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Waltzing, grooving: Limitless 

No limits to innovation in upcoming NCDT show

With seven new dancers in the ensemble, N.C. Dance Theatre is starting a new season in brash style, programming three choreographies never seen here before and titling the maiden voyage of the revamped troupe Limitless. None of the newbies will be waiting long in the wings at the Knight Theater for his or her NCDT debut.

Jean-Pierre Bonnefoux's Blue Danube will bring out the entire company during the first 30 minutes for an energetic suite of seven or eight segments. After NCDT's artistic director launches the evening, newly named associate artistic director Sasha Janes will bring his 20-minute Shelter to Charlotte for the first time — along with the music of Icelandic composer Ólafur Arnalds. Completing the evening will be a new piece from the unpredictable Dwight Rhoden, who has changed his game plan from a suite of George Frideric Handel to a scrapbook of '80s hits called The Groove. For a freshly reformulated ensemble, it's an audacious mix of choreographic styles and music.

Janes is thankful that the reshuffle happened before the summer, before NCDT's annual pilgrimage to the Chautauqua Institution in New York.

"We did a week of rehearsal with the new and improved full company before we went up there," says Janes, who still pilots rehearsals even after yielding his rehearsal director title. "That was great, because we lost some experience last year. It's nice to have that week here where you get to know all the new names and faces and styles of dancing."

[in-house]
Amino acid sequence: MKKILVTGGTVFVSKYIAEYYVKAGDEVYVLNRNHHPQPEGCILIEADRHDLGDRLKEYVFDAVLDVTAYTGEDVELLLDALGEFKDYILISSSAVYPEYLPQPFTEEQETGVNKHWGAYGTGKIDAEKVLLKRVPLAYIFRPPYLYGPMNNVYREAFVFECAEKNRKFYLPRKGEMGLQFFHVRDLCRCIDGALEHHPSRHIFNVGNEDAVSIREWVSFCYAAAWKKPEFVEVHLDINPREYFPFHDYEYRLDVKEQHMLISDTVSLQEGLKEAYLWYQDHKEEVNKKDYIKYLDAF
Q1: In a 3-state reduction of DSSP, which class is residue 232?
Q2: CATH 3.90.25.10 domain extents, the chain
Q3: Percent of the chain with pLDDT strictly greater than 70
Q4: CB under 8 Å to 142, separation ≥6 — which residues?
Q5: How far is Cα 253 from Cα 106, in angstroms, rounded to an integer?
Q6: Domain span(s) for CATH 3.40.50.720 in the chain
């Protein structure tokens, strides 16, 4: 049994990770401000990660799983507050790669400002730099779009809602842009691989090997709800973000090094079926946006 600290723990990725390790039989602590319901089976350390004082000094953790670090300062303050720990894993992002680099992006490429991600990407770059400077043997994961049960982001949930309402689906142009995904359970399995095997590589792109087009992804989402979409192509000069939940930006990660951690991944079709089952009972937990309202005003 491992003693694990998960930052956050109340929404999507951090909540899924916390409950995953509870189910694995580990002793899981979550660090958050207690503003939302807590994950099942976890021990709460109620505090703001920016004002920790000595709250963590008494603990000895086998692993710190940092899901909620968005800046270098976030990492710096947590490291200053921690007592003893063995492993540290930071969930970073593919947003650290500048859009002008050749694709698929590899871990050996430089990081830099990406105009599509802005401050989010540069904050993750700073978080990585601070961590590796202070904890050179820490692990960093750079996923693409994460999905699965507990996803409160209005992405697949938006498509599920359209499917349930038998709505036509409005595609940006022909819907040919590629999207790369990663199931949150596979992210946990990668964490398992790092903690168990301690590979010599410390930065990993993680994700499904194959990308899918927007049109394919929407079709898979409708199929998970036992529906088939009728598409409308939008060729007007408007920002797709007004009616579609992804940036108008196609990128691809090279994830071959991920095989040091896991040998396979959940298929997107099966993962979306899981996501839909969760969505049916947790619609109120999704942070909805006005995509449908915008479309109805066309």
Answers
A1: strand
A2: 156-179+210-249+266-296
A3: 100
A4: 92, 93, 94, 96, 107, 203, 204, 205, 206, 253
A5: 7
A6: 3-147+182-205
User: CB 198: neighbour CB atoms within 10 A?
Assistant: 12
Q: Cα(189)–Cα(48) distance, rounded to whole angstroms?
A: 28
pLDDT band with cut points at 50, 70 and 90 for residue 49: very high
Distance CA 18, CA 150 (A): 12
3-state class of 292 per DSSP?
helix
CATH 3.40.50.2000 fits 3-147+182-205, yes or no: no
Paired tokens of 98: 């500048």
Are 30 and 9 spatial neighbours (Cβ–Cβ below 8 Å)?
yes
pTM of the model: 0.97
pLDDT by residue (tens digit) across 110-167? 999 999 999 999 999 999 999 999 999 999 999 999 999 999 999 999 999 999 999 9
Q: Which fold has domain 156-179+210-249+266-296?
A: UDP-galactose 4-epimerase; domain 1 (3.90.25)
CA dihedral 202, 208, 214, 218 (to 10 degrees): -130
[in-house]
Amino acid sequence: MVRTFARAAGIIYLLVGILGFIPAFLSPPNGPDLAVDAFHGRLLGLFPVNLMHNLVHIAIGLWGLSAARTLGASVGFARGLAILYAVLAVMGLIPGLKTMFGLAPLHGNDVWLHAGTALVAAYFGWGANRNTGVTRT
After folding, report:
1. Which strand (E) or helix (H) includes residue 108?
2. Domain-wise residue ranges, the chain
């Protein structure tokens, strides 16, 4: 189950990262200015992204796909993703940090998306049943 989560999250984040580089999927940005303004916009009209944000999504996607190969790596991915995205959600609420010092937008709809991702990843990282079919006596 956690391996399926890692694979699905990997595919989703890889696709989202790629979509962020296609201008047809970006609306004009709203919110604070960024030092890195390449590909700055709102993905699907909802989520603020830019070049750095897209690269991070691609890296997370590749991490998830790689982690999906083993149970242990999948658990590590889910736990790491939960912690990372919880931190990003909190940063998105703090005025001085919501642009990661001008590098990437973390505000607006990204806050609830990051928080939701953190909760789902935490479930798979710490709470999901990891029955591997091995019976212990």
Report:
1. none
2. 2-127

The Shelter concept came to him when he walked into NCDT's costume shop to pick out outfits that would accompany the ensemble on the Chautauqua trip — and came face-to-face with the provocative pantaloons from Sal Aiello's Carmina Burana. Out of that inspiration, and Jamie Dee's work last season in Janes' Dangerous Liaisons, came a work for five women and two men — with Dee on the stage from beginning to end.

The two men represent relationships in the protagonist's life, each of whom gets the chance to entangle himself with Dee in contrasting pas de deux. Bringing ice cream and potato chips on stage after a breakup, the four other women represent consolation and friendship.

"I feel like the women are particularly strong characters," Janes says. "It's just the way they interact with her that you can see the relationships — I hope. The concept of the piece — I think it's like a time lapse, looking at one woman's life and how she interacts with different people in different relationships."

Roughly half of the company spends the first four weeks at Chautauqua each summer while the other half works a second shift. So Janes knew which of the newbies he'd be working with, studied them and choreographed accordingly. But he had to have Dee to carry the 20-minute odyssey — and to lighten his load.

"Jamie is one of those artists," Janes says. "She's a giver. Some dancers sit back and just make you work hard and choreograph every nuance. She'll finish the sentence for you. Sometimes it isn't right, and sometimes it is right."

Previously titled July's Delight when it premiered at Chautauqua, Bonnefoux's Blue Danube actually had its beginnings some 35 years ago when he and superstar wife Patricia McBride ran their first little company while still in the orbit of George Balanchine and the mighty New York City Ballet.

"When Balanchine did Vienna Waltzes, he did a lot of Strauss," Bonnefoux says. "After the premiere, they asked Pat or me whether we'd like to tour with Vienna Waltzes. And the problem with that was that Balanchine was working with 70 dancers, while we could only bring 20 dancers with us. So a long time ago, I put a piece together, and that's really the piece we're doing now."

Approximately. The show has been fortified with more music and adorned with new costumes.

"So there are a lot of changes," Bonnefoux admits. "It's very festive and very joyous, a good way to start the evening. The Groove has a pulse that every young person can catch. It's also very up, and yes, that's going to be a great closer for our company. We'll be happy at the end, we'll be happy at the beginning, and in between is Sasha's piece."

$25–$79. Oct. 25-27, 7:30 p.m. Knight Theater, 420 S. Tryon St. For more information, visit

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